Susan B. Anthony, the U.S.
A male schoolteacher once told young Susan B. Anthony that she didn’t need to learn long division because “a girl needs to know how to read the Bible and count her egg money, nothing more.” She never forgot the slight. In 1846 Anthony, then a 26-year-old school headmistress, began campaigning for equal pay for female teachers. Five years later, she met fellow women’s-rights advocate Elizabeth Cady Stanton and the outspoken duo began touring the country arguing the case for women’s suffrage. In 1868 Anthony first published The Revolution, a women’s-rights newspaper, and a year later she founded the National Woman’s Suffrage Association. Plenty of men tried to stop her along the way. U.S. marshals arrested Anthony for voting illegally in the 1872 presidential election, and a judge later fined her $100. “I shall never pay a dollar of your unjust penalty,” she said at the time. Anthony died in 1906 — 14 years before the 19th Amendment gave women the right to vote. —William Lee Adams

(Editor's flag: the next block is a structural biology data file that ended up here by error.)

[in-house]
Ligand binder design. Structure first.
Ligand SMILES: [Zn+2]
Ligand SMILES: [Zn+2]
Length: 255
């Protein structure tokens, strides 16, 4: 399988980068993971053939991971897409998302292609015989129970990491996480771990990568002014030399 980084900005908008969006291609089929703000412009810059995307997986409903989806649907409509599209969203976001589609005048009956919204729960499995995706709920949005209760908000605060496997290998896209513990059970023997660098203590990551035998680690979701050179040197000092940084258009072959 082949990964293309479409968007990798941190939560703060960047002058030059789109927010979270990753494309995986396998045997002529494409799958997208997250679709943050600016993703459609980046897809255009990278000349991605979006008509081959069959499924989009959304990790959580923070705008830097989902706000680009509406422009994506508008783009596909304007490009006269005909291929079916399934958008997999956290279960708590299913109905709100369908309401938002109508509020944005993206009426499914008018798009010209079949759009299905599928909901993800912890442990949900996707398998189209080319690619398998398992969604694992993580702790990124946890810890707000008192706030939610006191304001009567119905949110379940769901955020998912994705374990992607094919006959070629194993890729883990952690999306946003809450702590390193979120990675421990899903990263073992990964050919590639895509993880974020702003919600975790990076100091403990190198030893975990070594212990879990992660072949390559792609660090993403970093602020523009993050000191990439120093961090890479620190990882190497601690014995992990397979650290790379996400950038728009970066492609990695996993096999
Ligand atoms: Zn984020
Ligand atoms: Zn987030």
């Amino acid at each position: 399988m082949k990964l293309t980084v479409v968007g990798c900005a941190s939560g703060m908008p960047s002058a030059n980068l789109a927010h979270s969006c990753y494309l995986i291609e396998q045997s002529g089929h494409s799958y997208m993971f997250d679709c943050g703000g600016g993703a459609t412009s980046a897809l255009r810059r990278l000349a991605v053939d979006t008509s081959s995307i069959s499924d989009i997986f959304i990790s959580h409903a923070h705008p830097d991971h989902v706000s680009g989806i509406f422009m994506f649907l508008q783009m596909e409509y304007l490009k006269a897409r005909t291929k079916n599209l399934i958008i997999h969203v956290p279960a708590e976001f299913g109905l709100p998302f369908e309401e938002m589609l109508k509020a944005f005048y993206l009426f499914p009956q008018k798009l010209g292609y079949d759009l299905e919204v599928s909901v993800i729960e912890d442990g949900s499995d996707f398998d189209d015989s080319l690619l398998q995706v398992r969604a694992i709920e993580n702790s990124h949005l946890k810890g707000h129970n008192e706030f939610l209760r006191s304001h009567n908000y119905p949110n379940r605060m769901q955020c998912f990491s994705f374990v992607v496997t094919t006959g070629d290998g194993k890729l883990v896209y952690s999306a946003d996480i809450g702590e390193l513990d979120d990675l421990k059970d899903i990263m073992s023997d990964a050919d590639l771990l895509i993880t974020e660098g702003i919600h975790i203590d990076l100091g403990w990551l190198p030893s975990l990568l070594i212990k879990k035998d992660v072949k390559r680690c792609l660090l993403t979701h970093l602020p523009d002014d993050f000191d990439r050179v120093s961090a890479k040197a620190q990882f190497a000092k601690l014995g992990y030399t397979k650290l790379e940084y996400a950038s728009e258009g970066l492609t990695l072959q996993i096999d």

Emmeline Pankhurst, Britain
No one embodied the expression “Well-behaved women rarely make history” quite like Emmeline Pankhurst. As the leader of Britain’s women’s-suffrage movement, Pankhurst was not only a pioneer of women’s rights in the U.K. but also a staunch advocate of public revolt. Encouraged by her father, Pankhurst’s interest in the suffrage movement began at a young age. At 20 she wed Richard Pankhurst, a lawyer who encouraged her endeavors with the Women’s Franchise League. After her husband’s death in 1898, Pankhurst’s involvement with the suffrage movement deepened, and she formed the Women’s Social and Political Union, which embraced the motto “Deeds, not words.” The WSPU, led by Pankhurst and her eldest daughter Christabel, carried out public demonstrations and did not shy away from violent activism — arson, vandalism and hunger strikes were commonplace for the group. Pankhurst was routinely arrested — in 1912 alone she was arrested 12 times — but she never strayed from her pursuit of equality. She reminded the courts in 1912 that “we are here not because we are lawbreakers; we are here in our efforts to become lawmakers.” While the merits of her methods are still debated today, there is no doubt over the role that Pankhurst played in the enfranchisement of British women. The right was extended to all women in 1928, the year Pankhurst died. —Megan Gibson
Harriet Tubman, the U.S.